Childhood & Adolescence in Anglo-Saxon Literary Culture
Childhood & Adolescence in Anglo-Saxon Literary Culture counters the generally received wisdom that early medieval childhood and adolescence were an unremittingly bleak experience. The contributors analyse representations of children and their education in Old English, Old Norse and Anglo-Latin writings, including hagiography, heroic poetry, riddles, legal documents, philosophical prose and elegies. Within and across these linguistic and generic boundaries some key themes emerge: the habits and expectations of name-giving, expressions of childhood nostalgia, the role of uneducated parents, and the religious zeal and rebelliousness of youth. After decades of study dominated by adult gender studies, Childhood & Adolescence in Anglo-Saxon Literary Culture rebalances our understanding of family life in the Anglo-Saxon era by reconstructing the lives of medieval children and adolescents through their literary representation.
- Series: Toronto Anglo-Saxon Series
- World Rights
- Page Count: 360 pages
- Dimensions: 6.3in x 1.1in x 9.3in
"The introduction states that a major aim of the volume is to expand scholarly interest in children and childhood to earlier centuries by starting new conversations about their representation in Old English texts. The book achieves that aim: with the wide-ranging topics of the chapters, all readers will find something that provokes them to consider new discussion."
Michael Fox, Western University
"This essay collection fulfills the stated goal of its introduction, to ‘prompt further research and debate’ about childhood and adolescence in Anglo-Saxon literary culture."
Mary Dockray-Miller, Lesley University
Journal of English and Germanic Philology
"Childhood and Adolescence in Anglo-Saxon Literary Culture is a valuable collection of essays that will be extremely useful for advanced scholars of Anglo-Saxon literature and history, not only those who specialize in social history or portrayals of children, but all who read major canonical works such as Beowulf and the writings of Bede and Ælfric. I also urge young scholars working on related subjects to consult it as soon as possible."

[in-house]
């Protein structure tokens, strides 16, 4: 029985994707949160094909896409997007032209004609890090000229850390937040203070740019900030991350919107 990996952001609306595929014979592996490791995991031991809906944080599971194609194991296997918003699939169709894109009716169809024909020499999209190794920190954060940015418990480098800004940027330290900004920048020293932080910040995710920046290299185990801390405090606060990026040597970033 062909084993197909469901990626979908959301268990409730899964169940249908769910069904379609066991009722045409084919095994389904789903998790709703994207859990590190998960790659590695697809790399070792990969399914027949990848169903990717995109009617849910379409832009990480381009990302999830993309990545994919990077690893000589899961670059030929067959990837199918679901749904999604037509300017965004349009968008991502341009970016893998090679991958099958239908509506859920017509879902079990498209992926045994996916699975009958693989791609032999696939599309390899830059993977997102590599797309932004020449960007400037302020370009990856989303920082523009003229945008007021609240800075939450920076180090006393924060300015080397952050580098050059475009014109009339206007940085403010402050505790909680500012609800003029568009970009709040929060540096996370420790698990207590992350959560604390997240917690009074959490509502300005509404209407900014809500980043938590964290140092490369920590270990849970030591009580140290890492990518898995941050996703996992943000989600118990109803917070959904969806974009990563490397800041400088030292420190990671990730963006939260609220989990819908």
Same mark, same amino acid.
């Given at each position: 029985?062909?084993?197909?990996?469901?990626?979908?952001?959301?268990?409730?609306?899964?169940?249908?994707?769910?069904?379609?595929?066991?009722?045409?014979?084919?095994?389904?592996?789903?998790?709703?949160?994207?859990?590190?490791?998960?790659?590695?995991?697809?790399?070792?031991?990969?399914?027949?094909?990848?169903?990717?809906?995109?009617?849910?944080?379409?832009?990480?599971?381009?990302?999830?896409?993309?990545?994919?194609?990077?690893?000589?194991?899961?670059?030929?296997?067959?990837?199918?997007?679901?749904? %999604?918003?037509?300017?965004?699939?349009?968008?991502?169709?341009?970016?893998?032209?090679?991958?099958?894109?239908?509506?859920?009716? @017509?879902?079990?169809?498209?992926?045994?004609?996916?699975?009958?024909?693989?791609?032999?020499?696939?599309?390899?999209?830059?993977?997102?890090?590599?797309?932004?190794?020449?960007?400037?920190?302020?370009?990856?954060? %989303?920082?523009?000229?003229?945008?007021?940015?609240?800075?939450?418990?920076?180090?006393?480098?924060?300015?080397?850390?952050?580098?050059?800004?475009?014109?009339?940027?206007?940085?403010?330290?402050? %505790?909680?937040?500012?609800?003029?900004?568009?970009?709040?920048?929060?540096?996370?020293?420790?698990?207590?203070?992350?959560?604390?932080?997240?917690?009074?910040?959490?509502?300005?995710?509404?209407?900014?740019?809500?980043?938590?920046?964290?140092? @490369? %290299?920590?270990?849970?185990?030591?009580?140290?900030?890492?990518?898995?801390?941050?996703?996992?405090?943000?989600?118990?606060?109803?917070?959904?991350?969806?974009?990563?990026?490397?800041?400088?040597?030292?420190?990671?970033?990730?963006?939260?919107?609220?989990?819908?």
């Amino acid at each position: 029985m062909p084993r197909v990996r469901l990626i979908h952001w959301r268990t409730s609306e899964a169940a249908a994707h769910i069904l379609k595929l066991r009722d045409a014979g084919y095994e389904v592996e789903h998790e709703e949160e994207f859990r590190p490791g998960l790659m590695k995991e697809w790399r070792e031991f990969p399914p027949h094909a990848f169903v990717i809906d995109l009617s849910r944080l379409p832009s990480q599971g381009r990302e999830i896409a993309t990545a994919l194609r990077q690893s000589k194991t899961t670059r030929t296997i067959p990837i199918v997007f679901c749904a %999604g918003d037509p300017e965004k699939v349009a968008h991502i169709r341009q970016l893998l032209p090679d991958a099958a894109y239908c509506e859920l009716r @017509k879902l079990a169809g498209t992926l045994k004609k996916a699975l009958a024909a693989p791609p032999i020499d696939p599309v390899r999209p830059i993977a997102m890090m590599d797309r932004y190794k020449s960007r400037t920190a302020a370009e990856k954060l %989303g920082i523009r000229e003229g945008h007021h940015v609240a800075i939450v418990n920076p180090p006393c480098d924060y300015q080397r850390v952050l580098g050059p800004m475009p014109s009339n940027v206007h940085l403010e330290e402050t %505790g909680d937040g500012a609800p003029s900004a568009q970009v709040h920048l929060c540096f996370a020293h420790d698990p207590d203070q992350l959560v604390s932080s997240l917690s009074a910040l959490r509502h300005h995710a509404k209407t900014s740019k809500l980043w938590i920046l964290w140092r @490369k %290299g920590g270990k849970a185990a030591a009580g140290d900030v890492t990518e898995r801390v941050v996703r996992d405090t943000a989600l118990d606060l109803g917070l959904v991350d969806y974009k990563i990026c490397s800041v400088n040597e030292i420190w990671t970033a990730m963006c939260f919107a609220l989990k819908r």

Leslie Lockett, Department of English, Ohio State University
Author InformationSusan Irvine is Quain Professor of English Language and Literature at University College London.
Winfried Rudolf is a professor of Medieval English language and literature at the University of Göttingen.
Table of contents
Introduction – Susan Irvine and Winfried Rudolf
1. Childhood and Adolescence: Interdisciplinary Approaches to the Archaeological and Documentary Evidence – Sally Crawford
2. Naming Children in Anglo-Saxon England: Ethnic Identity and Cultural Change – Leonard Neidorf
3. Anglo-Saxon Preaching on Children – Winfried Rudolf
4. Tender Beginnings in the Exeter Book Riddles – Shu-han Luo
5. Parenting and Childhood in The Fortunes of Men – Stacy S. Klein
6. Children and the Conversion of the Anglo-Saxons in Bede’s Historia Ecclesiastica Gentis Anglorum – Andreas Lemke
7. Childhood in the Lives of Anglo-Saxon Saints – Joyce Hill
8. Alcuin’s Educational Dispute: the Riddle of Teaching and the Teaching of Riddles – Andy Orchard
9. Foster-Relationships in the Old English Boethius – Susan Irvine
10. Hrothulf’s Childhood and Beowulf’s: a Comparison – Richard North
11. Of Boys and Men: Anglo-Saxon Literary Adaptations of the Book of Daniel – Daniel Anlezark
12. “Sharper than a Serpent’s Tooth”: Parent-Child Litigation in Anglo-Saxon England – Andrew Rabin
Subjects and Courses